Friday, December 20, 2013
In the late 1970s, Ronald Reagan told the story of a woman in Chicago who became known as the welfare queen, the embodiment of the problems with the welfare state. Like most myths, there’s some grain of truth embedded in this narrative: there was a woman in Chicago who was indicted on welfare fraud, but her other crimes were far more grave. Brooke speaks with Josh Levin, executive editor of Slate, about his investigation of Linda Taylor, America’s original welfare queen.
Ike & Tina Turner - I Smell Trouble
Friday, September 28, 2012
In 1981, student journalist Seth Rosenfeld began researching the FBI's misconduct in its investigations of 1960s student protests at UC Berkeley. The project blossomed into a 30-year investigative odyssey, resulting in the release of 300,000 FBI documents, which the government spent over $1 million trying to block. Bob talks to Rosenfeld about some of the stunning revelations from his new book, Subversives: The FBI's War on Student Radicals, and Reagan's Rise to Power.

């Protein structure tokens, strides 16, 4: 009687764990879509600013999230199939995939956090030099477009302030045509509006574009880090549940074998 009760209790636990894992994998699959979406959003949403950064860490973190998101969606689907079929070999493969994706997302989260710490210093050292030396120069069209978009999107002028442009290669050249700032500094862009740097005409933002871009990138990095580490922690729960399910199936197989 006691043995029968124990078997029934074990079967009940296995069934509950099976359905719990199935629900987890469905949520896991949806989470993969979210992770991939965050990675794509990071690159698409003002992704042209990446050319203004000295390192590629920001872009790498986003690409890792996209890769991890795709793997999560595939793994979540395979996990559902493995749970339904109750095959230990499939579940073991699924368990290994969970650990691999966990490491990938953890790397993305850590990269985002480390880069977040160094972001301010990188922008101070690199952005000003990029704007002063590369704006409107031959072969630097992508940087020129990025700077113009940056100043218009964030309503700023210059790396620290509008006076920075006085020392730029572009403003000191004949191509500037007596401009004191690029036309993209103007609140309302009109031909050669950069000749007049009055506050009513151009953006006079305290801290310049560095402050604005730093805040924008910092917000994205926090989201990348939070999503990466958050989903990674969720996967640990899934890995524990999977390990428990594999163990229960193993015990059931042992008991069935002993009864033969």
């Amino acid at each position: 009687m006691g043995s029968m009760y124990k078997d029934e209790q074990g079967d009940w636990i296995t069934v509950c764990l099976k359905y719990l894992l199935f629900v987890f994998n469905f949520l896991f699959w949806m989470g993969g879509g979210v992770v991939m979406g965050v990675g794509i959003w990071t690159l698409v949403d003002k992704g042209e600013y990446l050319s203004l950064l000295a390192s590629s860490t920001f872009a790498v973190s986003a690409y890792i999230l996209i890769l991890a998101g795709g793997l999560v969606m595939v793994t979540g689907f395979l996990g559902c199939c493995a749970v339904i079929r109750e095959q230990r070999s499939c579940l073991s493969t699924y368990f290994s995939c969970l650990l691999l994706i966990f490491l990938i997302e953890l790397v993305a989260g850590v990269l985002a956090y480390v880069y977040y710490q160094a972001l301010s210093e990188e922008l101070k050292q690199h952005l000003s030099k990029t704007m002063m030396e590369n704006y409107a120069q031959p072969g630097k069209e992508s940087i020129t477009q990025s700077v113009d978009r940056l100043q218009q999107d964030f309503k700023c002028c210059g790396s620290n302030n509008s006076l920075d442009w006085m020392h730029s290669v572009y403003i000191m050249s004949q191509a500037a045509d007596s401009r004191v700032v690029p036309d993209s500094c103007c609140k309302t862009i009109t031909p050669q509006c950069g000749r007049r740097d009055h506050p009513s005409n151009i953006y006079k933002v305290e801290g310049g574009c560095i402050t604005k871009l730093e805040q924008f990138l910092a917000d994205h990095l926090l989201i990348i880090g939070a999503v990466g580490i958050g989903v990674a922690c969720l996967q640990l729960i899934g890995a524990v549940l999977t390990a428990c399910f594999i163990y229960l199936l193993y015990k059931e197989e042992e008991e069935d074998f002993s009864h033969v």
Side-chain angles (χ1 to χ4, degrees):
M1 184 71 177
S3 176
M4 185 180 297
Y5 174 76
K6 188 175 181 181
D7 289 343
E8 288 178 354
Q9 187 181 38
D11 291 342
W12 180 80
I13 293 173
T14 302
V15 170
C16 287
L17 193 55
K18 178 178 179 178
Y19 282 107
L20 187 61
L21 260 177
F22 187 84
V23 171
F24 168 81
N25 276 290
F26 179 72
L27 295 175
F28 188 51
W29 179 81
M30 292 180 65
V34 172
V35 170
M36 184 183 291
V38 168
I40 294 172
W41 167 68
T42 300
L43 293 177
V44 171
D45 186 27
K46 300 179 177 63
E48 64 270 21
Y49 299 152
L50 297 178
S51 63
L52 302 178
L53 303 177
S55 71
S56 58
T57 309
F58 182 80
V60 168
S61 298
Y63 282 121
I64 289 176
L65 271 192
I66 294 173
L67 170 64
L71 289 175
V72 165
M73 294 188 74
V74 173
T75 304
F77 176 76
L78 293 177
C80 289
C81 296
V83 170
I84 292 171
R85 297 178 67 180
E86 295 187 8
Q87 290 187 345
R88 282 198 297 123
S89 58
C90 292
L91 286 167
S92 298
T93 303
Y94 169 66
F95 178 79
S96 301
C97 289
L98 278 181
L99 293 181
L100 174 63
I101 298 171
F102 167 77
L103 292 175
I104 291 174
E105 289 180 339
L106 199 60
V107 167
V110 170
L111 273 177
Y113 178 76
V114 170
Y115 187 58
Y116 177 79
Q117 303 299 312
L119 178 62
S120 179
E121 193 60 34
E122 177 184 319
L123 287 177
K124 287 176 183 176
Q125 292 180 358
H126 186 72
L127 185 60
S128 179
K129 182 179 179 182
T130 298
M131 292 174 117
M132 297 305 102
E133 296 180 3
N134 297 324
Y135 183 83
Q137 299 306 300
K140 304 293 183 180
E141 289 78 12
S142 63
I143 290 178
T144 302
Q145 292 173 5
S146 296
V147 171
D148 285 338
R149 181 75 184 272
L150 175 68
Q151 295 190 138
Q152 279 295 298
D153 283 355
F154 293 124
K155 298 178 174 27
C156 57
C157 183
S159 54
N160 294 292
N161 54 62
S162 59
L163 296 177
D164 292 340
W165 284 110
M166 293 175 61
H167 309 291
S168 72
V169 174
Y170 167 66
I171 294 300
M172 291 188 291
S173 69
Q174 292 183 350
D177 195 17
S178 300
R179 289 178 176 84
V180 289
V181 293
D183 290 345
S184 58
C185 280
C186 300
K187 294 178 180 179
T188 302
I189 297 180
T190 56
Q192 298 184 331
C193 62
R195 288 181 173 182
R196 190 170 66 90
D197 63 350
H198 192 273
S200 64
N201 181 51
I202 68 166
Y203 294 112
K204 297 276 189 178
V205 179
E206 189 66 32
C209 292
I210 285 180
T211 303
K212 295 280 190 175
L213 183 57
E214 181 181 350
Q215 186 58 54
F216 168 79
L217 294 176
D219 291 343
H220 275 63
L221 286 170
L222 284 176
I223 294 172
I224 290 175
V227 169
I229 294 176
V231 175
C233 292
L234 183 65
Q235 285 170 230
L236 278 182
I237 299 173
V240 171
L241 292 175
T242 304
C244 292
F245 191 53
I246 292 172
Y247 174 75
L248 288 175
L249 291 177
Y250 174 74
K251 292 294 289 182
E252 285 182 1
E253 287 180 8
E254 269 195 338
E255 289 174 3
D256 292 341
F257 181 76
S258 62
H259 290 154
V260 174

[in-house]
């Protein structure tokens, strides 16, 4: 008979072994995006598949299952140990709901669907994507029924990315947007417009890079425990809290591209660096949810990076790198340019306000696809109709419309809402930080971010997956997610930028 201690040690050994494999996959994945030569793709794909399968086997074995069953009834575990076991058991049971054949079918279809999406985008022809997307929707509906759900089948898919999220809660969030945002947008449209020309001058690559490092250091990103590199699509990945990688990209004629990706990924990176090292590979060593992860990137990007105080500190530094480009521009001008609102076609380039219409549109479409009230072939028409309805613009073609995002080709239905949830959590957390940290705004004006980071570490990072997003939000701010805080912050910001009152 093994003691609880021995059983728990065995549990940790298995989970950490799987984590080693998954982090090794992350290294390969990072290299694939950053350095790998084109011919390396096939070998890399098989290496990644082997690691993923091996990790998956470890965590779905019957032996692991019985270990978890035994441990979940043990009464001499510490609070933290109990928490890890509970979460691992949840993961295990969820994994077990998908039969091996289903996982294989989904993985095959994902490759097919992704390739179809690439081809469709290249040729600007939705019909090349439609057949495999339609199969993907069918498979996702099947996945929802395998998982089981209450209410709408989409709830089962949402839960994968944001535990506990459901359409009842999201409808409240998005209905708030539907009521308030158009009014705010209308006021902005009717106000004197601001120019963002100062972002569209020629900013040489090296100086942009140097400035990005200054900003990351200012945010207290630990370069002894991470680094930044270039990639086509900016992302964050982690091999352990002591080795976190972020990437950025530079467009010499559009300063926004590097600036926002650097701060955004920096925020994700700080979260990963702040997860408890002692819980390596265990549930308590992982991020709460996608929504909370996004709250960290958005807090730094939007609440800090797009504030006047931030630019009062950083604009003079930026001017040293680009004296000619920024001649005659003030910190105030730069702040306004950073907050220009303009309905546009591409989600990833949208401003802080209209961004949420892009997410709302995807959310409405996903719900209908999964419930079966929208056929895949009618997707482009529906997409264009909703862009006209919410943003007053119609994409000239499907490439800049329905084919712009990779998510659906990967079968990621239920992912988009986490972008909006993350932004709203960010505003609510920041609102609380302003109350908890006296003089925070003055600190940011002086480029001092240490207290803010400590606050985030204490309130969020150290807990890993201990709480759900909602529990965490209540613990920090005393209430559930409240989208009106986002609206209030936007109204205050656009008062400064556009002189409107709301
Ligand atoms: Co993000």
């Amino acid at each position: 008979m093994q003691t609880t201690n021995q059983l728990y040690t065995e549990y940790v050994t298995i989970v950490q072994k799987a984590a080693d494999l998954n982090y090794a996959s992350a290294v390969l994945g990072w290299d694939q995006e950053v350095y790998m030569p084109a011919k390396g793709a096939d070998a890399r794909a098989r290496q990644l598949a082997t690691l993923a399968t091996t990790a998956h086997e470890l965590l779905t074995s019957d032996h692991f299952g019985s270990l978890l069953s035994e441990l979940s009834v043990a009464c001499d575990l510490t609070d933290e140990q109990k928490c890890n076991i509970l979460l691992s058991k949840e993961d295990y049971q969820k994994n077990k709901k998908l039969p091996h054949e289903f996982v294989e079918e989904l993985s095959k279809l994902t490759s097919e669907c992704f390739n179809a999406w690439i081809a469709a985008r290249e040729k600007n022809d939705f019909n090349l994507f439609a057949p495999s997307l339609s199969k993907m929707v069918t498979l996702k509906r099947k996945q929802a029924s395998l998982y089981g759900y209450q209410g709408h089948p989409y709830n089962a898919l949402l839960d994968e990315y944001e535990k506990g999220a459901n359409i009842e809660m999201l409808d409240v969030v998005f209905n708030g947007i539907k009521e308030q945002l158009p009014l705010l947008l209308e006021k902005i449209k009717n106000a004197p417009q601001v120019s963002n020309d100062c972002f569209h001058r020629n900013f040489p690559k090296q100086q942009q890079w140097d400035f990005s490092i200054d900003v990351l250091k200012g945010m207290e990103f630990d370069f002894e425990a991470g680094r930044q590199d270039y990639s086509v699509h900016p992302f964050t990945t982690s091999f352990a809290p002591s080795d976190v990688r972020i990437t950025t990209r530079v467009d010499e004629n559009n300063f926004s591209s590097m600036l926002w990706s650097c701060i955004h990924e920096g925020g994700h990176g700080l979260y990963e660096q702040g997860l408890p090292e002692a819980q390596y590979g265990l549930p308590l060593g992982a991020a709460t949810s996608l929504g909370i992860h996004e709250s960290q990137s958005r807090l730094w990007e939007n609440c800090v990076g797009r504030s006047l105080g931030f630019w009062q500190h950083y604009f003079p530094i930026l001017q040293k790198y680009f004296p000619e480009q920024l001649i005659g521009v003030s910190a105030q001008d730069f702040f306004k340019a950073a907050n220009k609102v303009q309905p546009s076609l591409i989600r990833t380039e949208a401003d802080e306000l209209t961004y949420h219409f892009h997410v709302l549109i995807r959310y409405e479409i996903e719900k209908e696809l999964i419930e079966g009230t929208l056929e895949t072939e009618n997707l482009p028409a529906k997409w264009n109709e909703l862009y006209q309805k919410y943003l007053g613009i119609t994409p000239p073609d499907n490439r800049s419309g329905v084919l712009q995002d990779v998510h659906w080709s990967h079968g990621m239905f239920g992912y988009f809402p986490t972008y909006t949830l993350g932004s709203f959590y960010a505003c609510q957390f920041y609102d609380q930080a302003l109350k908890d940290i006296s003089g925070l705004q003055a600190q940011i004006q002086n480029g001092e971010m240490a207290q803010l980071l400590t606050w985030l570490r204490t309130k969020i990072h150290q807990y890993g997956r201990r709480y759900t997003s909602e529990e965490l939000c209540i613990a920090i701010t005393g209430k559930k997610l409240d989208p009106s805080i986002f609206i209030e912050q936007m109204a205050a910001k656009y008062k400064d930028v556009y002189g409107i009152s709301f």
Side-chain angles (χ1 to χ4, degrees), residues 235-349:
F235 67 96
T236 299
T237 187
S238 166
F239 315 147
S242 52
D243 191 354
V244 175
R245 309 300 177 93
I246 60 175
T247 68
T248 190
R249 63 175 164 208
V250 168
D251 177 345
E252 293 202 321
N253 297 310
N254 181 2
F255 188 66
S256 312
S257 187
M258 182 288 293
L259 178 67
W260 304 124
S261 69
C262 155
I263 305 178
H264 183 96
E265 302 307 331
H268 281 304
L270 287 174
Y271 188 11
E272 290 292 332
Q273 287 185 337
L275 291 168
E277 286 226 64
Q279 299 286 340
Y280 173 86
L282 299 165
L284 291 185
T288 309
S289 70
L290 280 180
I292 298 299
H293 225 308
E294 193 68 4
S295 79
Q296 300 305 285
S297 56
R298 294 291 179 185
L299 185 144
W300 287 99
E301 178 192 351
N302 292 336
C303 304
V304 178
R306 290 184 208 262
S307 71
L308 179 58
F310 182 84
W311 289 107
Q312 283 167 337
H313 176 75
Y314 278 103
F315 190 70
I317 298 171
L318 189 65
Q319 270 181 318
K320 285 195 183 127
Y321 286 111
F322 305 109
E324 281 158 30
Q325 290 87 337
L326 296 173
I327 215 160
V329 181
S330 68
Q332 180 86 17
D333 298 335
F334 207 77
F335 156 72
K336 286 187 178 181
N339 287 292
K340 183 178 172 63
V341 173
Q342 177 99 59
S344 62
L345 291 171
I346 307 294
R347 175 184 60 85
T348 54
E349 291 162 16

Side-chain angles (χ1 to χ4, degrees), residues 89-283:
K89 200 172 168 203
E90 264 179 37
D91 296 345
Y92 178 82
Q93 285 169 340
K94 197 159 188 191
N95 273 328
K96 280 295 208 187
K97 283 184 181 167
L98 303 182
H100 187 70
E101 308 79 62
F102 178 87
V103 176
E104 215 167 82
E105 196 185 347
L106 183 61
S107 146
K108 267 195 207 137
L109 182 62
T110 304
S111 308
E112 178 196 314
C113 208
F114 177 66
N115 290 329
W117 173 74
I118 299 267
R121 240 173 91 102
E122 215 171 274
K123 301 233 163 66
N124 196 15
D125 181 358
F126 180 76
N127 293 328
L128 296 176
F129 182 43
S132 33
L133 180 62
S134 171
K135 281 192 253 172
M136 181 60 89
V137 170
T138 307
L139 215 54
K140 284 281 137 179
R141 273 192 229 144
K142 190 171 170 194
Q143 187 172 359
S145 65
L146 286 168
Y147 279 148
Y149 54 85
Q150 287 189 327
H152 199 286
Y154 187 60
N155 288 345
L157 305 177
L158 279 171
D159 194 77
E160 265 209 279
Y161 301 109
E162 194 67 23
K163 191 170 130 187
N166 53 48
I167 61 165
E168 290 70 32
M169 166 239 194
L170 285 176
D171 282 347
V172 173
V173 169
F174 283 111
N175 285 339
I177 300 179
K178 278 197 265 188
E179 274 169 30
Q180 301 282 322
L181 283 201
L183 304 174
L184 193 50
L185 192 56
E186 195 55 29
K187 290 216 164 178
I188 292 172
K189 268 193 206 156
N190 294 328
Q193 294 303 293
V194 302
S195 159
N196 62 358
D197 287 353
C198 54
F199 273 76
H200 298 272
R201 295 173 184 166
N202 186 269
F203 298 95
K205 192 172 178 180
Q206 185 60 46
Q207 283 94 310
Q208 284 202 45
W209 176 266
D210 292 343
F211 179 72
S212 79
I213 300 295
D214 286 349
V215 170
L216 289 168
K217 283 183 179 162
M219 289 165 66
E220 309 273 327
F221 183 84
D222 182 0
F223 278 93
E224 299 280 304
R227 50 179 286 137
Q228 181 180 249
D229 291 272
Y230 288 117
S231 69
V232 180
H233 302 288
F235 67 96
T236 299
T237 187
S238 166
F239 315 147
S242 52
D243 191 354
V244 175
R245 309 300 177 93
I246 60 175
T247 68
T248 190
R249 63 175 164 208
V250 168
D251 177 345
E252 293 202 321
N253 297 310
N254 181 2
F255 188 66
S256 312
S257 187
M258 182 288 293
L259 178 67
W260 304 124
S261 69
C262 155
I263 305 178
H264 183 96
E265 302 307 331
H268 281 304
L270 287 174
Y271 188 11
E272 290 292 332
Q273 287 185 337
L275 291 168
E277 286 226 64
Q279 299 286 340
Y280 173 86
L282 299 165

Yo La Tengo - Damage
- The Cancer Show: Part I
- What Makes a Great Disease Story?
- The War on Prevention
- House of Cards Recap: What Would Jesus Do?
- Confession and Suppression
- A Brief Biography of Cancer
- The Scientologists and the Film Critics
- Perception vs. Reality
- Speaking in Tongues
- Every Edit You've Ever Made to a Facebook Post Is Visible